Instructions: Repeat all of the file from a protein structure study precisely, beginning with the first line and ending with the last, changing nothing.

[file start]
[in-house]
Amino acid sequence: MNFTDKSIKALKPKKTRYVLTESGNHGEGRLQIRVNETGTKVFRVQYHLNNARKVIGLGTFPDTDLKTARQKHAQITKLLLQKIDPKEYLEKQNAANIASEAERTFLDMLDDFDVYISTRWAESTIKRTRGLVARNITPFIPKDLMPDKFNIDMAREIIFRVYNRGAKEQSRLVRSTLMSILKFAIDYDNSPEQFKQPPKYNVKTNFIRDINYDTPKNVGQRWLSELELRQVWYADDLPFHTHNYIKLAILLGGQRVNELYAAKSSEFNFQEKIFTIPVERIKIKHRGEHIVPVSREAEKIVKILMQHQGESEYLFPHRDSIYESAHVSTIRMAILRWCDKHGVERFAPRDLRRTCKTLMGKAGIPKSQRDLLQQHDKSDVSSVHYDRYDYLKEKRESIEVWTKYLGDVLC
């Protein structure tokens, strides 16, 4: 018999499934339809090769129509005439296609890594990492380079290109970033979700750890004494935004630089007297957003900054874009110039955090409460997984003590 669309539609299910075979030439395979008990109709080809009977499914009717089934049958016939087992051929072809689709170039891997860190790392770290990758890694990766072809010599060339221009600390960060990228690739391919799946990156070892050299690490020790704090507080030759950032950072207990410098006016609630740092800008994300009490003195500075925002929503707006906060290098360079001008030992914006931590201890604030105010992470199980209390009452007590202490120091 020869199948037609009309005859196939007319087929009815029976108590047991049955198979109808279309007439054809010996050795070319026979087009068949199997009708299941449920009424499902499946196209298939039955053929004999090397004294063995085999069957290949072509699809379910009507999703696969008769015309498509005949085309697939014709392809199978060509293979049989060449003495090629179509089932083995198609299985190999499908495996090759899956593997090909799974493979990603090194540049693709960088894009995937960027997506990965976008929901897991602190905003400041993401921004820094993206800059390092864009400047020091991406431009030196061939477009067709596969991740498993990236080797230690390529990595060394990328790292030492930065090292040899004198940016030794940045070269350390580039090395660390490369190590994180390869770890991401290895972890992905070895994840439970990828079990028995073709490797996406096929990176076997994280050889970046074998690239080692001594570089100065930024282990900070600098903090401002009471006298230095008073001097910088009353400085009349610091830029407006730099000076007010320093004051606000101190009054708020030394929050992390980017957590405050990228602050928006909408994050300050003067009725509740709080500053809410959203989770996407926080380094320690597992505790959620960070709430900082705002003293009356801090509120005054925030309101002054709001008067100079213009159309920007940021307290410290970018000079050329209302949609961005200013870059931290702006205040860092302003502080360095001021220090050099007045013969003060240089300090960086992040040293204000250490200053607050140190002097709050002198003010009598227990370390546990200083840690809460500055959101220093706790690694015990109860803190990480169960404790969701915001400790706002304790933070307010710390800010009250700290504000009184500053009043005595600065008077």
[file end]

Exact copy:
[in-house]
Amino acid sequence: MNFTDKSIKALKPKKTRYVLTESGNHGEGRLQIRVNETGTKVFRVQYHLNNARKVIGLGTFPDTDLKTARQKHAQITKLLLQKIDPKEYLEKQNAANIASEAERTFLDMLDDFDVYISTRWAESTIKRTRGLVARNITPFIPKDLMPDKFNIDMAREIIFRVYNRGAKEQSRLVRSTLMSILKFAIDYDNSPEQFKQPPKYNVKTNFIRDINYDTPKNVGQRWLSELELRQVWYADDLPFHTHNYIKLAILLGGQRVNELYAAKSSEFNFQEKIFTIPVERIKIKHRGEHIVPVSREAEKIVKILMQHQGESEYLFPHRDSIYESAHVSTIRMAILRWCDKHGVERFAPRDLRRTCKTLMGKAGIPKSQRDLLQQHDKSDVSSVHYDRYDYLKEKRESIEVWTKYLGDVLC
């Protein structure tokens, strides 16, 4: 018999499934339809090769129509005439296609890594990492380079290109970033979700750890004494935004630089007297957003900054874009110039955090409460997984003590 669309539609299910075979030439395979008990109709080809009977499914009717089934049958016939087992051929072809689709170039891997860190790392770290990758890694990766072809010599060339221009600390960060990228690739391919799946990156070892050299690490020790704090507080030759950032950072207990410098006016609630740092800008994300009490003195500075925002929503707006906060290098360079001008030992914006931590201890604030105010992470199980209390009452007590202490120091 020869199948037609009309005859196939007319087929009815029976108590047991049955198979109808279309007439054809010996050795070319026979087009068949199997009708299941449920009424499902499946196209298939039955053929004999090397004294063995085999069957290949072509699809379910009507999703696969008769015309498509005949085309697939014709392809199978060509293979049989060449003495090629179509089932083995198609299985190999499908495996090759899956593997090909799974493979990603090194540049693709960088894009995937960027997506990965976008929901897991602190905003400041993401921004820094993206800059390092864009400047020091991406431009030196061939477009067709596969991740498993990236080797230690390529990595060394990328790292030492930065090292040899004198940016030794940045070269350390580039090395660390490369190590994180390869770890991401290895972890992905070895994840439970990828079990028995073709490797996406096929990176076997994280050889970046074998690239080692001594570089100065930024282990900070600098903090401002009471006298230095008073001097910088009353400085009349610091830029407006730099000076007010320093004051606000101190009054708020030394929050992390980017957590405050990228602050928006909408994050300050003067009725509740709080500053809410959203989770996407926080380094320690597992505790959620960070709430900082705002003293009356801090509120005054925030309101002054709001008067100079213009159309920007940021307290410290970018000079050329209302949609961005200013870059931290702006205040860092302003502080360095001021220090050099007045013969003060240089300090960086992040040293204000250490200053607050140190002097709050002198003010009598227990370390546990200083840690809460500055959101220093706790690694015990109860803190990480169960404790969701915001400790706002304790933070307010710390800010009250700290504000009184500053009043005595600065008077």